McLaughlin Dry Dock
The Family Business
As we have said before, the onset of the canal era brought with it industry as well as commerce to the young state of Ohio (remember by 1832 - the year the canal finally reached Portsmouth - Ohio was only 29 years old). One of the industries that sprang up to service the needs of the growing state was boat building. To satisfy the demand for canal boats, many boat yards and dry docks dotted the banks of the canal and Canal Fulton had one such dock. In the 1830's Michael Ruch built and operated this dry dock. Apparently he was pretty successful at the business because in 1845 he built a rather stately home on 'Pleasant Hill' overlooking the town. It was said he could sit on his balcony and with looking glasses oversee work at the dock. This type of dry dock could provide the full service to canalers from maintenance of existing boats to construction of new boats.
By the 1850's, James McLaughlin (with his family in tow) had moved from Pennsylvania to Independence, OH where he there operated a boat building facility. After sometime, the family moved once again and settled here in Canal Fulton where in 1860 James bought Ruch's dry dock business. The McLaughlin family would continue operating the facility until the end of the canal era.
Over the years, the McLaughlins would build or repair many, many boats. Just as today, boat names held personal meanings to their owners and many were as colorful and imaginative as owners could contrive. The 'Cataract,' 'Scandinavia,' 'Two Sisters,' 'Look Out,' and most notably (at least for our purposes) the 'St. Helena' are among the many boats that received repairs here. Though we can't be positive about the specifics of the occasion, the St. Helena must have come in for repairs sometime in the late 1800's and William McLaughlin (who - taking after his father and elder brothers - was quite the craftsman) must have worked on her. Either she left a lasting impression on him or he just had a really good memory because years later, in 1933, he built a model of the St. Helena that was METICULOUSLY detailed.
Father, sons, grandson - three generations of the McLaughlin family would work here before being put out of business by the 1913 flood.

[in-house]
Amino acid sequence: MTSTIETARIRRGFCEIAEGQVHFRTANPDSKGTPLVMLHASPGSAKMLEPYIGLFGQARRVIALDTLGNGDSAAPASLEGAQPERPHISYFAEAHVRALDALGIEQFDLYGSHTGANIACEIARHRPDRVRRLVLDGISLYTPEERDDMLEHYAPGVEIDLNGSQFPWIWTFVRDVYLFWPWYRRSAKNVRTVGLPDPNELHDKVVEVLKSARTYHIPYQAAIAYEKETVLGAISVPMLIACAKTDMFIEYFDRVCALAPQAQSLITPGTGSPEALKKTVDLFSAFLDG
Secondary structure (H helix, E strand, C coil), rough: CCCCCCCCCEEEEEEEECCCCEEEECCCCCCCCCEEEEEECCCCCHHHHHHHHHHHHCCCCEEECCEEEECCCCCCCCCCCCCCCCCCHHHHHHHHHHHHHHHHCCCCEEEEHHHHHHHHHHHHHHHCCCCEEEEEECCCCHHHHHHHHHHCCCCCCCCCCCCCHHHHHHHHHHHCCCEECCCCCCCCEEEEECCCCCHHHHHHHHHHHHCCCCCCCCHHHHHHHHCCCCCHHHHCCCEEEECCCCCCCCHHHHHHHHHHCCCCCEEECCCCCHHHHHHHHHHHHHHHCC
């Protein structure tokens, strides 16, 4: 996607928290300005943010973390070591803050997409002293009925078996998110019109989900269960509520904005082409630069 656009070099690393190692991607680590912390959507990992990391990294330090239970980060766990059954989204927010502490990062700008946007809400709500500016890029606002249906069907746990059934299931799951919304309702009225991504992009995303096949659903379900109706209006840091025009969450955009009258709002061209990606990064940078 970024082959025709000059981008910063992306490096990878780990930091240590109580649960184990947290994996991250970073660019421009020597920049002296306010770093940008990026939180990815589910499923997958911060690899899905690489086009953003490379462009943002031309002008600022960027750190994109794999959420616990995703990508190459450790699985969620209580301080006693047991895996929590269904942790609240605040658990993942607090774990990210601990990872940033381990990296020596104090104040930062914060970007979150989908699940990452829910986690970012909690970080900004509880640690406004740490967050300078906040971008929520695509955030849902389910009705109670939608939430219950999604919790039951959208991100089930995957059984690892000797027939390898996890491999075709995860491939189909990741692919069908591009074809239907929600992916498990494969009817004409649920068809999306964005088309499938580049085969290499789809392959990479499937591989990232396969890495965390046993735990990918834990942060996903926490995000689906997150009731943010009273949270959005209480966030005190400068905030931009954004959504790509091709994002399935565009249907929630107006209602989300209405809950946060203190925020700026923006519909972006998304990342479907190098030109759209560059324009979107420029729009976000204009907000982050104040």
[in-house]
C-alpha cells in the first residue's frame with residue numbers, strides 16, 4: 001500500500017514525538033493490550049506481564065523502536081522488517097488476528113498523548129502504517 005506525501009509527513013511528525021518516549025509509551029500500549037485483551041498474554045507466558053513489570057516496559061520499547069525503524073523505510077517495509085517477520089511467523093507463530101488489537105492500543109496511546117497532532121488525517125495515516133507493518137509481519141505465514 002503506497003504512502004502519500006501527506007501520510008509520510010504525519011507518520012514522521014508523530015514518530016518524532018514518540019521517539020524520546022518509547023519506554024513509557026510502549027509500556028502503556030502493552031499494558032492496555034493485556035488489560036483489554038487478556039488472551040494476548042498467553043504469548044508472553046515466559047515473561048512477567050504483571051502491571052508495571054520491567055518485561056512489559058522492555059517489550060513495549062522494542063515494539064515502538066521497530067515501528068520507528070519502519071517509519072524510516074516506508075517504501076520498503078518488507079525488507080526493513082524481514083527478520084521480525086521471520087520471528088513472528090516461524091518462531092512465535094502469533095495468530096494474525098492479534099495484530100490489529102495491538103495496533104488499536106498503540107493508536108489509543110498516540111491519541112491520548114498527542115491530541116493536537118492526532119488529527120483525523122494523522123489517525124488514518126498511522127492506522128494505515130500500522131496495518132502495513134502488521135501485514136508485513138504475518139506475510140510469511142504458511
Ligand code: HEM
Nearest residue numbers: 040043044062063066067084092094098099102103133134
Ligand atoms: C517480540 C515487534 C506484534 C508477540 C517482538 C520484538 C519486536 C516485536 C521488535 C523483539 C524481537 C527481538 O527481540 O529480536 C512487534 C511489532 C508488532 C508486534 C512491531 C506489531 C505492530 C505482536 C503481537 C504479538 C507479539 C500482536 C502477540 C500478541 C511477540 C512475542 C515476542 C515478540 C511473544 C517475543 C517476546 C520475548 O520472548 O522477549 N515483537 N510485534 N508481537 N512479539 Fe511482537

Restoring the Past
In 1971, the Stark County Historical Society leased this property from the City of Canal Fulton. Their intention was to restore the dock into operation (which they were finally able to accomplish in 1975). Boat staff knew such a facility would be needed and the sooner the better. The receipt of boat revenues, grants and donations would raise the funds needed to give the St. Helena II a dry home during the off-season. Construction of a replica barn, shed and steam box (all of which historically sat beside the dock) would unfortunately not come to fruition. Over the years, this restored dock proved an essential part of boat operations, if only as a place for crew to make temporary mid-season repairs to the hull until more thorough work could be undertaken in the off-season.
The dry dock would receive more attention in 1985 when the Heritage Society (which had assumed the lease from the Stark County Historical Society in 1975) developed plans to further improve upon the facility. Grants were secured to erect a pole-building over top of the dock itself. This would prove important to operations both at the time and in the very near future. It facilitated a better area in which to make repairs to the St. Helena II and would become essential in construction of her successor, the St. Helena III. Cables suspended from the roof joists would hold the metal infrastructure in place while the III was being assembled. In 1989, the roofed and lighted work space would be vital for the long days and late nights during the next 3 years of construction.
The McLaughlin Dry Dock Today
Since it's restoration in 1975, this dock has been the only original operating canal era dry dock in the entire state. In essence, the dock functions the same way it did 150 years ago. A series of gates keeps the dock dry while not in use, then the dock is flooded with water from the canal and the gates are removed allowing boats to enter. Once the boat is situated, the gates are replaced and the water drained out of the dock into the Tuscarawas River, thus giving workers a dry place to access the boat hull.
Another series of renovations were accomplished in 2008 which further aided maintenance efforts. Jim Guest, a canal buff and one of the original builders of the St. Helena II, designed a work/observation platform, acquired new lentils, secured the dock's entry ways and had a cement pad installed beneath the boat. Grant money was awarded from the Canal Society of Ohio for the project and City of Canal Fulton and Dominion East Ohio volunteer crews were instrumental in accomplishing these tasks.
When so many old buildings and features in our historic city have been lost to fire or other destruction, we indeed count it a blessing that at least in the operation of this facility, our community can glimpse a piece of our canal past.